Gorellian sorting

It’s been a while, so I figured I should get in a quick coding post. From /r/dailyprogrammer, we have this challenge:

The Gorellians, at the far end of our galaxy, have discovered various samples of English text from our electronic transmissions, but they did not find the order of our alphabet. Being a very organized and orderly species, they want to have a way of ordering words, even in the strange symbols of English. Hence they must determine their own order.

For instance, if they agree on the alphabetical order: UVWXYZNOPQRSTHIJKLMABCDEFG

Then the following words would be in sorted order based on the above alphabet order: WHATEVER ZONE HOW HOWEVER HILL ANY ANTLER COW

To a large extent, this problem is made all the easier by the choice of host language. If I were writing in something like Python, it’s easy enough to sort a list:

words = sorted(['ANTLER', 'ANY', 'COW', 'HILL', 'HOW', 'HOWEVER', 'WHATEVER', 'ZONE'])

But it’s a little more complicated to sort in a non-standard order. Essentially–you can’t. Instead, you have to specify a key function in order to convert each value from what you have to something you can sort. Something like this:

def make_gorellian(alphabet):
	def to_offset_list(string):
		return [alphabet.index(c) for c in string]
	return to_offset_list

Perhaps I’ve been writing too much Scheme recently. 😄 Still, I hope it’s clear enough. We have a function make_gorellian which constructs and returns a second function to_offset_list. This inner function takes any string and converts into a list of numbers–something Python knows how to sort.

For example:

>>> print list(sorted(

There you go. Straight forward enough, although it seems odd that we have to go through an intermediary form.

So what was that I said about more natural mappings? Well, in Scheme/Racket, sort takes two arguments: a list to sort and a ’less than’ function. If you wanted to sort strings, you could call something like this:

(sort ls string<?)

So all we need is gorellian&lt;?. Well, how does string&lt;? normally work? By repeatedly calling char&lt;?. So we need a gorellian-char&lt;?. Something like this:

; Sort characters by a non-standard alphabet
(define (make-gorellian-char<? alphabet)
  (λ (c1 c2)
    ; If we match either, we have an answer
    ; If we never match, they're = (and thus not <)
    (for/first ([c (in-string alphabet)]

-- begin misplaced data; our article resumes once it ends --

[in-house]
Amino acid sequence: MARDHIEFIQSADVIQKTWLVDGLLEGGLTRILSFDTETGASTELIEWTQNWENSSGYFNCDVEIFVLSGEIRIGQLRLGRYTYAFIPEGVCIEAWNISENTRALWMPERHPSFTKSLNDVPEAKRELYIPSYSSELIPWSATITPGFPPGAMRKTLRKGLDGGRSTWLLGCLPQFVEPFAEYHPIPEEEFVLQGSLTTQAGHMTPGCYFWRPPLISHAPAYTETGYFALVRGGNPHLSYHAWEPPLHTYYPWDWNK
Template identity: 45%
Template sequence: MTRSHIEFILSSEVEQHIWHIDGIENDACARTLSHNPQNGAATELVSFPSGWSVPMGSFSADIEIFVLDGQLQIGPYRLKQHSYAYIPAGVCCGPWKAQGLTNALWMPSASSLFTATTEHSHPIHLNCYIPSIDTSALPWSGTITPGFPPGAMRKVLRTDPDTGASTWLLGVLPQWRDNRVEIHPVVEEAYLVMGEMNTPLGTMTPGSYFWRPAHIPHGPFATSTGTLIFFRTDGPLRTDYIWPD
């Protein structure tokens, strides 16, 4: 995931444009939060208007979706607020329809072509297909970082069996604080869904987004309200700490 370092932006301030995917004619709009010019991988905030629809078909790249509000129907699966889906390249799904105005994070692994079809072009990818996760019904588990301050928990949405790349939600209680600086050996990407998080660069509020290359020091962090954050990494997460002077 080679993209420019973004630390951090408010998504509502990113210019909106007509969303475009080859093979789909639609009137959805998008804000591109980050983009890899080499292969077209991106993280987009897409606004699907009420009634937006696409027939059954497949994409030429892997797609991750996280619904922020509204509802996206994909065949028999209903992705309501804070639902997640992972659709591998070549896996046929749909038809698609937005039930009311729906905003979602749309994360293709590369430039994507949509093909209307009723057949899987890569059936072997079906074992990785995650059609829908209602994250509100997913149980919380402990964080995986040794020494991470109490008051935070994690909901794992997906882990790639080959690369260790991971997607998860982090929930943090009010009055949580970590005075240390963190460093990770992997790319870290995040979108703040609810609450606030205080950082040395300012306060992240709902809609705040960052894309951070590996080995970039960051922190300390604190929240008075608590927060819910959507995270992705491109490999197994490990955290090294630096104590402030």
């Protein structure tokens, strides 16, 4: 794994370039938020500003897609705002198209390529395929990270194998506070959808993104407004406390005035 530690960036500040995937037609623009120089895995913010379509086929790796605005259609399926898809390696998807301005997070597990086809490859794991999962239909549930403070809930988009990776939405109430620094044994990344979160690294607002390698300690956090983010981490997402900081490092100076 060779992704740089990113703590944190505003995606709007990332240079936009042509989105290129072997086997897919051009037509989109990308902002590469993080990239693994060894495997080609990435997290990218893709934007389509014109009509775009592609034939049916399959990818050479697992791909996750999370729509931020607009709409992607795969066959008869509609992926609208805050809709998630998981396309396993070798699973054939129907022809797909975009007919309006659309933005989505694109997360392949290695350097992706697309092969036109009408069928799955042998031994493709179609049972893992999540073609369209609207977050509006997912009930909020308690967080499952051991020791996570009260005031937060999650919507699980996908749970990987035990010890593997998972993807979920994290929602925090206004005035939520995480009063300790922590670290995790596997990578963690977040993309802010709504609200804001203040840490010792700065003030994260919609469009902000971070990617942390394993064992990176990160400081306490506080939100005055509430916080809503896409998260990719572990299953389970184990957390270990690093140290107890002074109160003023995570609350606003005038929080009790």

#:when (or (eq? c c1) (eq? c c2)))
      ; If we matched c1 first, the c1 is smaller
      (eq? c c1))))

; Sort strings by a non-standard alphabet
(define (make-gorellian-string<? alphabet)
  (define char<? (make-gorellian-char<? alphabet))
  (λ (str1 str2)
    (for/first ([c1 (in-string str1)]
                [c2 (in-string str2)]
                #:unless (eq? c1 c2))
      (char<? c1 c2))))

It’s interesting how similar the two functions are. In the first, we loop through the alphabet until we find either character. If we find the first first, it’s ’less than’. If we find the second first or find neither, then c1 is not less than c2. So return #f.

For the string&lt;?, it’s more of the same. Loop through the strings until we find a mismatch, at which point we can use the char&lt;? function.

And that’s all we have for it. A few test cases:

(module+ test
  (require rackunit)

  ; Run test cases in the format specified here:
  ; http://www.reddit.com/r/dailyprogrammer/comments/20sjif/4192014_challenge_154_intermediate_gorellian/
  (define (test [in (current-input-port)])
    (define sample-count (read in))
    (define alphabet (symbol->string (read in)))
    (define string<? (make-gorellian-string<? alphabet))
    (define words
      (for/list ([i (in-range sample-count)])
        (symbol->string (read in))))
    (sort words string<?))


5 zZyYxXwWvVuUtTsSrRqQpPoOnNmMlLkKjJiIhHgGfFeEdDcCbBaA
   '("teamS" "go" "Go" "aLL" "ACM")))

And that’s all she wrote.

(For the keen of eye, I am changing the definition slightly. Rather than an error on missing letters, I treat all non-Gorellian letters as equal. Still, it would be easy enough to add.


Nope. Nothing for April Fools’. Maybe you should go <a href=http://googleasiapacific.blogspot.com/2014/03/become-pokemon-master-with-google-maps.html">catch some Pokemon.